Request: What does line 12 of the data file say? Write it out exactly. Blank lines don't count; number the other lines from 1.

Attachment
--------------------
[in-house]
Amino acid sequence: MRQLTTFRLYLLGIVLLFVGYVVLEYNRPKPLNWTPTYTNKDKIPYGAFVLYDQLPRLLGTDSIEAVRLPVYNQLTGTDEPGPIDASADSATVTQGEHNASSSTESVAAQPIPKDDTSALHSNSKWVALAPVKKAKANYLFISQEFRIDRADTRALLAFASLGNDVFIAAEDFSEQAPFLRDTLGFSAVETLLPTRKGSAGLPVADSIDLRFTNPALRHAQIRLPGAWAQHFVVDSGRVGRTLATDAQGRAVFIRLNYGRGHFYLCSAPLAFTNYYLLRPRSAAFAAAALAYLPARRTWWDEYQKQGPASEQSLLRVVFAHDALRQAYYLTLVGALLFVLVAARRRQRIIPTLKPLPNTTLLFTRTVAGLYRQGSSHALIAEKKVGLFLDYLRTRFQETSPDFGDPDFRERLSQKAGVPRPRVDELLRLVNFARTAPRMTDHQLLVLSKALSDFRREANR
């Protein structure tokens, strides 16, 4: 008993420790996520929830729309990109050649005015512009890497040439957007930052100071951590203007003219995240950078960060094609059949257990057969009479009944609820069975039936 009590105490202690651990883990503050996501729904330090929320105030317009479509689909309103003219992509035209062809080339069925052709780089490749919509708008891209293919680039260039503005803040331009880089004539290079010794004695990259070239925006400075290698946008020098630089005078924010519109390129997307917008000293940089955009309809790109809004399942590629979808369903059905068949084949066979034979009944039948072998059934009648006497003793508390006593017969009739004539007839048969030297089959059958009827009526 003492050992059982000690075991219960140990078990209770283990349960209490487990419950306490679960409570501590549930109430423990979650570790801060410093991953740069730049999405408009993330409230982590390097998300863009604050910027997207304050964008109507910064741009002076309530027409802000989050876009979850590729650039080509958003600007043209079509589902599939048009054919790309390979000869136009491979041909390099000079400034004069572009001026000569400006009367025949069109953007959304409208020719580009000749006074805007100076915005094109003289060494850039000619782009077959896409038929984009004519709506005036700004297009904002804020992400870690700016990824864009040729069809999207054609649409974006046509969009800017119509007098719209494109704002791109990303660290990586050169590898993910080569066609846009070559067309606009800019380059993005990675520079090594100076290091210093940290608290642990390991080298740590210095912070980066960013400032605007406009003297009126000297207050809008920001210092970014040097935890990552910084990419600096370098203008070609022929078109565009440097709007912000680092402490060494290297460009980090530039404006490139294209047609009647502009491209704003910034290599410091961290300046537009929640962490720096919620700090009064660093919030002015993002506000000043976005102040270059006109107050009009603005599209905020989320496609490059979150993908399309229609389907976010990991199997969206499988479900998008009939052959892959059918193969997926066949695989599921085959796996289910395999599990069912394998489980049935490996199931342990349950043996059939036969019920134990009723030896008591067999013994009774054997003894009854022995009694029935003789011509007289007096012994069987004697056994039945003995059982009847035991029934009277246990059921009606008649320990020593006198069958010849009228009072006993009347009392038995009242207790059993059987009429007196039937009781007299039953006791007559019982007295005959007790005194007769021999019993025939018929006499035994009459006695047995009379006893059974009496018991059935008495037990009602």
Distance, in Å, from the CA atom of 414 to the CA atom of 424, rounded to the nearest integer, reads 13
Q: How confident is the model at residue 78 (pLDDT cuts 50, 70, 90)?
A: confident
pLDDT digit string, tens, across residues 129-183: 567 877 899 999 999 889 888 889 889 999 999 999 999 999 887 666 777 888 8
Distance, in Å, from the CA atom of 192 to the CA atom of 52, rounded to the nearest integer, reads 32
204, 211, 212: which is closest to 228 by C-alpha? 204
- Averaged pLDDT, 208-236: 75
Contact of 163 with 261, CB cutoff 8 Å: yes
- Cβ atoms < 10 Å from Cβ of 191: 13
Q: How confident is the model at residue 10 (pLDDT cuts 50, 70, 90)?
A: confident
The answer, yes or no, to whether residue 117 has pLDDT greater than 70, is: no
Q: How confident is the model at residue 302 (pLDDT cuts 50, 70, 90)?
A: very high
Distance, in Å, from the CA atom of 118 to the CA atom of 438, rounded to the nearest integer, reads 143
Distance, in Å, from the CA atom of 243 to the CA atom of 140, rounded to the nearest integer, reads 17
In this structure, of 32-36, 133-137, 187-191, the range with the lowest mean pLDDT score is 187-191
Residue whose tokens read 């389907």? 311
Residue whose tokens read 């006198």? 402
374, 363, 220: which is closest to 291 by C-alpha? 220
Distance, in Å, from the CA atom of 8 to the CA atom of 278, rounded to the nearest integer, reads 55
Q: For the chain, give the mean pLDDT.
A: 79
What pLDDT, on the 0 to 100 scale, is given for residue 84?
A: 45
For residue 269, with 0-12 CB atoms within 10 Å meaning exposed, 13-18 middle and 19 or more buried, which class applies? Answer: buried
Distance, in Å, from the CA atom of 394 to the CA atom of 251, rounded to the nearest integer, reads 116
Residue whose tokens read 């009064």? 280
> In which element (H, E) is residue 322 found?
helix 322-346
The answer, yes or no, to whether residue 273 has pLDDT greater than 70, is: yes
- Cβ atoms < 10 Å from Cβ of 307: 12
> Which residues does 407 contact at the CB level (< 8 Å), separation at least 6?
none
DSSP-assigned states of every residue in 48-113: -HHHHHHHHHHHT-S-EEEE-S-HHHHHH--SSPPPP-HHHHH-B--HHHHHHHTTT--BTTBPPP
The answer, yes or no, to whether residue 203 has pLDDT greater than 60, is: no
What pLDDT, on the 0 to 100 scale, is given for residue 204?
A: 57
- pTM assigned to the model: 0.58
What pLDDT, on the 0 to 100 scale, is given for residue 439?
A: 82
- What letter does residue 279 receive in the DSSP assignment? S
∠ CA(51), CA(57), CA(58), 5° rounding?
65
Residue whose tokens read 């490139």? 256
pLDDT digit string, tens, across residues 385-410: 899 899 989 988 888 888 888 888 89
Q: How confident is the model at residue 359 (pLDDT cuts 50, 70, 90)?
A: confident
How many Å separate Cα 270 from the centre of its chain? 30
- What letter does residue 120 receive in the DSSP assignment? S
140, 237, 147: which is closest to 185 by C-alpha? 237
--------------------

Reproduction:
- Cβ atoms < 10 Å from Cβ of 191: 13